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Evilgenius





Joined: 07 Sep 2006
Posts: 62
Reputation: 14
Location: Toronto

PostPosted: Thu Sep 14, 2006 4:42 pm    Post subject: Reply with quote

McGuire wrote:
Since this tragedy appears to be have been carried out using a semi-automatic weapon, i've always wanted to know why these are at all legal in Canada?? I'm all for legal gun owners & hate the gun registry with a passion, but there's a difference b/w what is essentially a military weapon & something you use for hunting or even a handgun for self-defence. Can someone who is a gun enthusiast why these are legal & should remain so??


You do get semi-automatic sporting rifles and shotguns, which are not military-style weapons. In point of fact, they have the same or greater destructive power as the military-style weapon this guy was carrying. Their killing power depends on the caliber of ammunition used, and not so much on the gun itself. Objectively, it makes no difference.

However, people aren't objective. The styling of the Beretta Storm is something that this guy obviously found attractive, and which may have triggered dark fantasies in his mind. I agree that this may be an argument for banning weapons based on their styling alone.

There may also be an argument for banning all semi-automatics, and sticking to sporting weapons which are bolt, lever, or pump action. This is not that simple an issue. In the hands of an expert user, lever and pump actions can be used almost as fast as a semi-automatic. So short of allowing people to only own single-shot bolt-actions, I don't quite know what the answer is.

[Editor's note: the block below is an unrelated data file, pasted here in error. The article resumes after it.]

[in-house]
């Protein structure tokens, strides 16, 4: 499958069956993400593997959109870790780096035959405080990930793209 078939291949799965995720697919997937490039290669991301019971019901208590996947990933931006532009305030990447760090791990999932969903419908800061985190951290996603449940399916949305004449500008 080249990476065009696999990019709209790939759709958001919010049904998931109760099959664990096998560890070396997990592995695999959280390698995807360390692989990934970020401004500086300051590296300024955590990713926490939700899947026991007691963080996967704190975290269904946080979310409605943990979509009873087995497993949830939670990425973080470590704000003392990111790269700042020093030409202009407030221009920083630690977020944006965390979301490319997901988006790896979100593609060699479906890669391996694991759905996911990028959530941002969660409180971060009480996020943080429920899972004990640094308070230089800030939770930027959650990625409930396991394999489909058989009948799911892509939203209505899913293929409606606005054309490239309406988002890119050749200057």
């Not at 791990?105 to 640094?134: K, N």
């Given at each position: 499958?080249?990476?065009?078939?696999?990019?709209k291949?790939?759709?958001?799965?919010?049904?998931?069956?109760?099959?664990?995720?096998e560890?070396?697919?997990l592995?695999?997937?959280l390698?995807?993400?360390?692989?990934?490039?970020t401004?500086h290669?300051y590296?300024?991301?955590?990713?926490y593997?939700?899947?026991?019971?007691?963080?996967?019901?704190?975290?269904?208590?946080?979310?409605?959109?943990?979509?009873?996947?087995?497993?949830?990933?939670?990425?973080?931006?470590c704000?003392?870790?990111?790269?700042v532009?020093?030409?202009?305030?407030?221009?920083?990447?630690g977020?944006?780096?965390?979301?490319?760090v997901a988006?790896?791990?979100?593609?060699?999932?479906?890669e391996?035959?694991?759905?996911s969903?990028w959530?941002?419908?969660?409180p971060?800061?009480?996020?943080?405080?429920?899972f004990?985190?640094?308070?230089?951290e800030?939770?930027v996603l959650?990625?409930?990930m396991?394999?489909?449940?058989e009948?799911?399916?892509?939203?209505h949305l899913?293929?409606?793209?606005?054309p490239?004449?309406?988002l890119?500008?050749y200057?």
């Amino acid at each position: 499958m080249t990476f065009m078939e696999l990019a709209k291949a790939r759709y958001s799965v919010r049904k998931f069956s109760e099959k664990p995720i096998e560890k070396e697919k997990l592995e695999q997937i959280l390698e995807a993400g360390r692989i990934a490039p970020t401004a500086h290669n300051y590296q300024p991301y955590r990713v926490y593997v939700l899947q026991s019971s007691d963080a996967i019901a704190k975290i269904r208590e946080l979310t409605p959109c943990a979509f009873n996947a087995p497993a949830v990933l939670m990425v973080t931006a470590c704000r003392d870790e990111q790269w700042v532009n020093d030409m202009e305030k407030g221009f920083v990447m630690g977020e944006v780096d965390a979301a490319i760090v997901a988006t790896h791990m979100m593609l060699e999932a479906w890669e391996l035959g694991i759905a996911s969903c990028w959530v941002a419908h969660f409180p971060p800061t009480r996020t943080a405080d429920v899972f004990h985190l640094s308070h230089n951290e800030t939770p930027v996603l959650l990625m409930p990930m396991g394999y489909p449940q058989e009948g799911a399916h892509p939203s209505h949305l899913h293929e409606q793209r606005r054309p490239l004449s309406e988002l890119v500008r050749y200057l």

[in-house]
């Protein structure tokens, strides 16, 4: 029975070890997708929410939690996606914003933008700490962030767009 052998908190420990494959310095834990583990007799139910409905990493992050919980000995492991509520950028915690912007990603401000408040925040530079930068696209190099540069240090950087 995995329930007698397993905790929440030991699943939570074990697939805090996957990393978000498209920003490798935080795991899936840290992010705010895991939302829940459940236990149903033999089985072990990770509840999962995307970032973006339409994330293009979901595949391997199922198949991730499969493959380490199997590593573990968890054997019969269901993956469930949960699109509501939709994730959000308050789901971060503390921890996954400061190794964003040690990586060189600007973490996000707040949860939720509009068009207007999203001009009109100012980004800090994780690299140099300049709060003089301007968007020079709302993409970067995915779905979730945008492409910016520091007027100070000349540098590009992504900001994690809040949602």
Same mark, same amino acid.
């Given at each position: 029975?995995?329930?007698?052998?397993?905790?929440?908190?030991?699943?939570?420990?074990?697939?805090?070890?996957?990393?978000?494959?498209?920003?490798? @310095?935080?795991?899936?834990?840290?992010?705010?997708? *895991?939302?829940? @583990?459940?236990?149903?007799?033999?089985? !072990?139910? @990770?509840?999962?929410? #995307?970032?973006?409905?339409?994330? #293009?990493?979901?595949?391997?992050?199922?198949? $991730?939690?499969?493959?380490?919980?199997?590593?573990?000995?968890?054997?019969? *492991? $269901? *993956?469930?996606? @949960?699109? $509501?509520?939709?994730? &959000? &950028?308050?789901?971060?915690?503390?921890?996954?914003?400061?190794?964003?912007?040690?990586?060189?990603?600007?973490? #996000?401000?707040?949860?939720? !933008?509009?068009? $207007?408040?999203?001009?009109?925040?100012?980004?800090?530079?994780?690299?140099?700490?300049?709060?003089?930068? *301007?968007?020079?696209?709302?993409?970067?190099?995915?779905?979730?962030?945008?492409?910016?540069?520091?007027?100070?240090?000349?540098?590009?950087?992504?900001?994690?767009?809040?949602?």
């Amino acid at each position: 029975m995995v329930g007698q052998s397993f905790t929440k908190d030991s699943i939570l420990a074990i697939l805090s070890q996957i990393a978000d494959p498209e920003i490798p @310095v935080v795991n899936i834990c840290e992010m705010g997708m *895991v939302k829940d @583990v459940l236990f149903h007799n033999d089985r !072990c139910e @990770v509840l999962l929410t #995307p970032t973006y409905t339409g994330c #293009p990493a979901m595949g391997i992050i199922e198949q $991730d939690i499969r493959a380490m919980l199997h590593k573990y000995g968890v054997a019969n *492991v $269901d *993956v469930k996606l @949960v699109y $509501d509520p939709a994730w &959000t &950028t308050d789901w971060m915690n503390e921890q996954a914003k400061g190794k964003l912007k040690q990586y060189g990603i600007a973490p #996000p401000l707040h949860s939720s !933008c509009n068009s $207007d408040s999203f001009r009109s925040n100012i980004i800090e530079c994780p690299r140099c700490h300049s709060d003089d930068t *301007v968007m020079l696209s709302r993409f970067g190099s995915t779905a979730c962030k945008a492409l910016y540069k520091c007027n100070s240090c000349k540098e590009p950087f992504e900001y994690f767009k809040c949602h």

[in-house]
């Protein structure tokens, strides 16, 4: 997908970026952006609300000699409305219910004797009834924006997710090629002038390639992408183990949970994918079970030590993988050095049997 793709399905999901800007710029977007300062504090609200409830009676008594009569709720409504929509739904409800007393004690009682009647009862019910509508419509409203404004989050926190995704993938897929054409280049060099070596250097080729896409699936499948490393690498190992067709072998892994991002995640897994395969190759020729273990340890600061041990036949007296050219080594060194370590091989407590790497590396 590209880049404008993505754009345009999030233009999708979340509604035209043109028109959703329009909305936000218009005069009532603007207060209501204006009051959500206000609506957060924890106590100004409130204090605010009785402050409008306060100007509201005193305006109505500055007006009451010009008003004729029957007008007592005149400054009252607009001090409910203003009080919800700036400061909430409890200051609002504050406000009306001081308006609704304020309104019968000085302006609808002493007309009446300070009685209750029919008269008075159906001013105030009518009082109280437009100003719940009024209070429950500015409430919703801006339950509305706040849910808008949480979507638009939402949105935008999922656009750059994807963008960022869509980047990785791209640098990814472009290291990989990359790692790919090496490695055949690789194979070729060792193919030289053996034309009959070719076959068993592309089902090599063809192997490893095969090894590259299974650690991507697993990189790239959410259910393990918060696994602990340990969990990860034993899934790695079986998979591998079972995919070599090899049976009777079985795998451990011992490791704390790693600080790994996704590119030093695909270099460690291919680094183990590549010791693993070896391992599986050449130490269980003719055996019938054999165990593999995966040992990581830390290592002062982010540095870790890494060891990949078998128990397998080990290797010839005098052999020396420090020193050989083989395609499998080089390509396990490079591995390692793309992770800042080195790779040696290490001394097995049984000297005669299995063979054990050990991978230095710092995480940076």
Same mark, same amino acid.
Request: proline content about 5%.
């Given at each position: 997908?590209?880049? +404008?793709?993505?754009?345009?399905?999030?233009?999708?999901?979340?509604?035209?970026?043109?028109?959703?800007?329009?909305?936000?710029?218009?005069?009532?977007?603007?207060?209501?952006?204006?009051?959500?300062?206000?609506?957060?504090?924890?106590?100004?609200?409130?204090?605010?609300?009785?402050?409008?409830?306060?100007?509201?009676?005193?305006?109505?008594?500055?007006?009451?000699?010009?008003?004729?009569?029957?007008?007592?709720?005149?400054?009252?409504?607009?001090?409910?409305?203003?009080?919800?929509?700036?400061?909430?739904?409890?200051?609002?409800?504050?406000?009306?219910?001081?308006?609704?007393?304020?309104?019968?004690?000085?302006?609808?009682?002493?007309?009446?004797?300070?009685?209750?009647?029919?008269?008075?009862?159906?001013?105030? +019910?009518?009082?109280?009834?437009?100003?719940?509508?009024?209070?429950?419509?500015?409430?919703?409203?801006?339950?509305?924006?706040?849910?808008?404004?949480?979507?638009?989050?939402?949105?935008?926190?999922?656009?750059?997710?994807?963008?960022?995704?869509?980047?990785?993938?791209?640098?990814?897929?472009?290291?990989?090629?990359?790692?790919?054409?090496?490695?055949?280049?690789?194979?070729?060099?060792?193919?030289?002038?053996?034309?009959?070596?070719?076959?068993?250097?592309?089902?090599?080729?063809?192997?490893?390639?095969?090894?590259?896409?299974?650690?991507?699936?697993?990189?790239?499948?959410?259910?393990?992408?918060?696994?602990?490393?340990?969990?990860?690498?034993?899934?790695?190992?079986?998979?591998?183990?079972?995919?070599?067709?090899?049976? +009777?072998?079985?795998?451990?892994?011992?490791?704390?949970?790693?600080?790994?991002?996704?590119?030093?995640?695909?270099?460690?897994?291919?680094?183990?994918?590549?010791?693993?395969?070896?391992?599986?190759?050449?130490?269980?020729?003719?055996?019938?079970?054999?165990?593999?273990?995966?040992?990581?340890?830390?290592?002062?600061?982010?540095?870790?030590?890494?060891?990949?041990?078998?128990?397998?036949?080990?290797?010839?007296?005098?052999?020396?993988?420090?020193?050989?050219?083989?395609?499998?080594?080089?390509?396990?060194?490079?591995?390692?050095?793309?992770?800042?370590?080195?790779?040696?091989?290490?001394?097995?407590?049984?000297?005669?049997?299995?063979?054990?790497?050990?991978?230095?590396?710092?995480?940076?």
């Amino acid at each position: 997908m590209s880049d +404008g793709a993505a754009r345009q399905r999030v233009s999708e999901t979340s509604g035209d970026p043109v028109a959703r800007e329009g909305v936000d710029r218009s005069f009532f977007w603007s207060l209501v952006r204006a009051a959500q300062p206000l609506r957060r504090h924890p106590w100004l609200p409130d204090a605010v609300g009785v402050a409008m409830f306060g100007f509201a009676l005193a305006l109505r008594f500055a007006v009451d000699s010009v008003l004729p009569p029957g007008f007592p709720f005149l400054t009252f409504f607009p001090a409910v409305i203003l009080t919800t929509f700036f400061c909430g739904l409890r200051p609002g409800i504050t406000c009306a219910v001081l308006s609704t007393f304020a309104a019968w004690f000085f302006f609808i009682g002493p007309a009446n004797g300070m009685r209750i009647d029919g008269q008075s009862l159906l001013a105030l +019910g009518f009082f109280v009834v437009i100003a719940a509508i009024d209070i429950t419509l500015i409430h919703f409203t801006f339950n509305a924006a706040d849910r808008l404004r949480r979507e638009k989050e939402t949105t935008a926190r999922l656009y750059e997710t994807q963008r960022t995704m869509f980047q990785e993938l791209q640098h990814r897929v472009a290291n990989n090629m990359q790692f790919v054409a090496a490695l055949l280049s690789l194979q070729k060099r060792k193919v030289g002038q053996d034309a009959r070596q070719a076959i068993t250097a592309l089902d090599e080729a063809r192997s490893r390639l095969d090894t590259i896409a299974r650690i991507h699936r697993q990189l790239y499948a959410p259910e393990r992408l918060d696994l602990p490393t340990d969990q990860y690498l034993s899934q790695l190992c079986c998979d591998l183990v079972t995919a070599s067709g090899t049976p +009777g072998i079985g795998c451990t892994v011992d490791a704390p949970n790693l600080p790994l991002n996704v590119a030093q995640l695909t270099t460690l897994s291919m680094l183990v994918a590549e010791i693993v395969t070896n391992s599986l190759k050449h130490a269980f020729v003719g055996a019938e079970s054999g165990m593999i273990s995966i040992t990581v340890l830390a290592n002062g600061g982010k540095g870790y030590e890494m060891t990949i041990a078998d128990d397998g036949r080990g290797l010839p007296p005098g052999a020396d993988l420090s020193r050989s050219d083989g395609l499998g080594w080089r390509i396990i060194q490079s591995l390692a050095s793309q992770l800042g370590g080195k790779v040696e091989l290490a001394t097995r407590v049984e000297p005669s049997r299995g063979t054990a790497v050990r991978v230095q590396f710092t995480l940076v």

It still keeps coming back to carefully vetting who is allowed to own a gun. I don't support the long-gun registry. I do support no one being allowed to own a firearm unless he/she is thoroughly checked out by the police.
kwlafayette





Joined: 03 Sep 2006
Posts: 6155
Reputation: 156.2Reputation: 156.2
votes: 28
Location: Saskatoon Saskatchewan

PostPosted: Thu Sep 14, 2006 5:02 pm    Post subject: Reply with quote

Semi-automatics and other guns that carry multiple rounds are for when you need a fast second shot. If you miss the deer the first time, or to hit that second duck before they are out of range. The single shot bolt action that you have to reload after each shot is just as effective when you hit something, but if you miss or your first shot is not entirely lethal, then you will have to go trekking off through the bush trying to find the deer you wounded.

Really, a semi-auto is almost identical to these weapons, except that instead of your hand moving the action, it is actuated by the expanding gas within the chamber and barrel. The trigger must be realeased and pulled again in order for the second shot to fire. Automatic weapons (military) you just hold the trigger down till the barrel melts. Military weapons will fire anywhere from 100 rounds per minute upwards.